Lord John Talbot a devout Catholic proceeded with the improvements fo the House and Gardens at Alton Towers. But sadly, the contents of Alton Towers were sold in auction by Mssr Christie and Mason at Alton Towers on July 6th 1857 on the death of Bertram Arthur Talbot (1832-1856) 17th Earl of Shrewsbury…
The 16th Earl changed the name from Alton Abbey to Alton Towers and doubled the size of the buildings. This is partially because unlike his uncle he had children so they had to be catered for, he was a collector of art which had to be stored and displayed, and in 1937 the Shrewsbury’s main residence at Heythrop tragically burned down so all remaining possessions had to be moved to Alton Towers.
‘Good Earl John’, with his architect Augustus Welby Northmore Pugin built the chapel, the great dining hall, gallery range, cellars and much more transforming it into the building you see today. This is also when the entrance moved from the North face of the house where the great dining hall is, to the east face through the linked galleries.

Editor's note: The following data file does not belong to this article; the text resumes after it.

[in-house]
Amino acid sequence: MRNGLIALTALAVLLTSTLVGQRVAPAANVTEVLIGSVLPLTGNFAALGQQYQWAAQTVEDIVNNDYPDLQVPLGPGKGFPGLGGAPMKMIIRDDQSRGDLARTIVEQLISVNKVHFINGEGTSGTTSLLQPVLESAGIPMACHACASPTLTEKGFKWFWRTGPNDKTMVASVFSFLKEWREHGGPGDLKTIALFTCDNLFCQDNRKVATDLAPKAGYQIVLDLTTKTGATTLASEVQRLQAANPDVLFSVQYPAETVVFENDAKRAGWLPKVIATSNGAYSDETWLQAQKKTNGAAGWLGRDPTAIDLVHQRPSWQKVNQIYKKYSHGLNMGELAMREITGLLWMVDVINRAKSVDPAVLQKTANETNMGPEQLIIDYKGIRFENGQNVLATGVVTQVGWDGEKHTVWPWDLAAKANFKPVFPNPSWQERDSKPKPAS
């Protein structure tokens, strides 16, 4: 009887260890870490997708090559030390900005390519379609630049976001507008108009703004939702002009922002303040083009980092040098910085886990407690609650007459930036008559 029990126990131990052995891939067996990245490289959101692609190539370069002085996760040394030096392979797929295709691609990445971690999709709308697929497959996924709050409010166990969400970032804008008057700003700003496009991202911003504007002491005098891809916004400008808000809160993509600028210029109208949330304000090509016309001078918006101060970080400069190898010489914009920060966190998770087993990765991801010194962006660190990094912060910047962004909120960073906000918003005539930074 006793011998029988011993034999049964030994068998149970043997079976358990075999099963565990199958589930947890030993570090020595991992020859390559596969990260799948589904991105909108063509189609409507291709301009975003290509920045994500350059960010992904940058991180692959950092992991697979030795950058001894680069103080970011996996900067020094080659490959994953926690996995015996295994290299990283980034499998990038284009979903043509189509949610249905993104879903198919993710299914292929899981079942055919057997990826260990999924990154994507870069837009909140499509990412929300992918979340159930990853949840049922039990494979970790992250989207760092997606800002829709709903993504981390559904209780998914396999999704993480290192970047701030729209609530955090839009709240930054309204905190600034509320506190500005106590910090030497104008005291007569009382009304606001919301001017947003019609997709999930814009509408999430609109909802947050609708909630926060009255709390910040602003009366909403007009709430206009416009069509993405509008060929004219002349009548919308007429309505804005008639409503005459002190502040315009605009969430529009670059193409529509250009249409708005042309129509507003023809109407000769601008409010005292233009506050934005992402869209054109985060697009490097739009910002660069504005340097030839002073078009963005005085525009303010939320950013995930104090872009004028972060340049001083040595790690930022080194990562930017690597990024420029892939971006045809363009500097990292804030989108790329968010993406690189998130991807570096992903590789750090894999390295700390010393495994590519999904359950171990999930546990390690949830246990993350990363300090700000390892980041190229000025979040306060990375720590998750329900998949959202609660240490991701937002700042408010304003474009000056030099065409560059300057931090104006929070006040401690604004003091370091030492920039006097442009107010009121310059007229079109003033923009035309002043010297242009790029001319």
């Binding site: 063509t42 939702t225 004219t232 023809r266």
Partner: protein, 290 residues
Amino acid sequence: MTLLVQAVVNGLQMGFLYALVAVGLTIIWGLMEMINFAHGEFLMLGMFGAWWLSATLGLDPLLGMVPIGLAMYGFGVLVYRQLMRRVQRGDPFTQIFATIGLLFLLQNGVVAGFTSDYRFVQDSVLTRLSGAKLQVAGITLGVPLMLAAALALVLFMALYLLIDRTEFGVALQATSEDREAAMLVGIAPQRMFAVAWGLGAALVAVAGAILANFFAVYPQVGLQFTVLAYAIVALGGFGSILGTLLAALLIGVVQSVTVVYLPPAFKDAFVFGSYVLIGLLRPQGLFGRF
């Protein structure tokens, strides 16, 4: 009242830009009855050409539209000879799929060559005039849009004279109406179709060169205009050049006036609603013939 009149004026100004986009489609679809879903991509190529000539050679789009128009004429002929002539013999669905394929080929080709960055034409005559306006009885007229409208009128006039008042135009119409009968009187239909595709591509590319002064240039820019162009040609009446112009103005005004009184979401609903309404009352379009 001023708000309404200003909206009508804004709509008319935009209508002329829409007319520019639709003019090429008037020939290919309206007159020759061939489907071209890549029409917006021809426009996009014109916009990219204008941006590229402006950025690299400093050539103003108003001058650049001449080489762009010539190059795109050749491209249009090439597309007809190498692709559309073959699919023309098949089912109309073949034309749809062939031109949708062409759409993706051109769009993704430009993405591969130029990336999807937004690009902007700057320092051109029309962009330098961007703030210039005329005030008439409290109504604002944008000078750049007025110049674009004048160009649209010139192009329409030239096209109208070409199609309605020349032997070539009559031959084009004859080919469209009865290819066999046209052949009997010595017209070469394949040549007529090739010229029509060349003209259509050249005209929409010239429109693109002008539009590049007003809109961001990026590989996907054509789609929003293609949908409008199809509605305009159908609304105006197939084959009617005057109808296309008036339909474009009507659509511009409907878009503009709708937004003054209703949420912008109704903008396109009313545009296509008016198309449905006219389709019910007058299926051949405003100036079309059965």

In 1842 extensive fortifications were made to the towers including the large ditch you see along the front and a barbican in the corner of the east screen wall to protect the new main entrance….
In 1952 Good Earl John died and following a large legal battle the Towers fell into the hands of Henry Chetwynd Talbot.
In 1960 the house was opened up to the public in order to raise money to carry out repair work. In was in the 1890s though that the Towers were properly developed into a tourist attraction by the 20th Earl of Shrewsbury, Charles Henry Talbot, who organised balloon festivals, fireworks and exhibitions.
Then in 1924 the building was sold to a group of businessmen who auctioned off the contents but kept it open to the public.
Following the outbreak of the Second World War, the army requisitioned the estate for training purposes and the building started to degrade.
The building was returned in 1951 but instead of being restored the whole interior was sold off.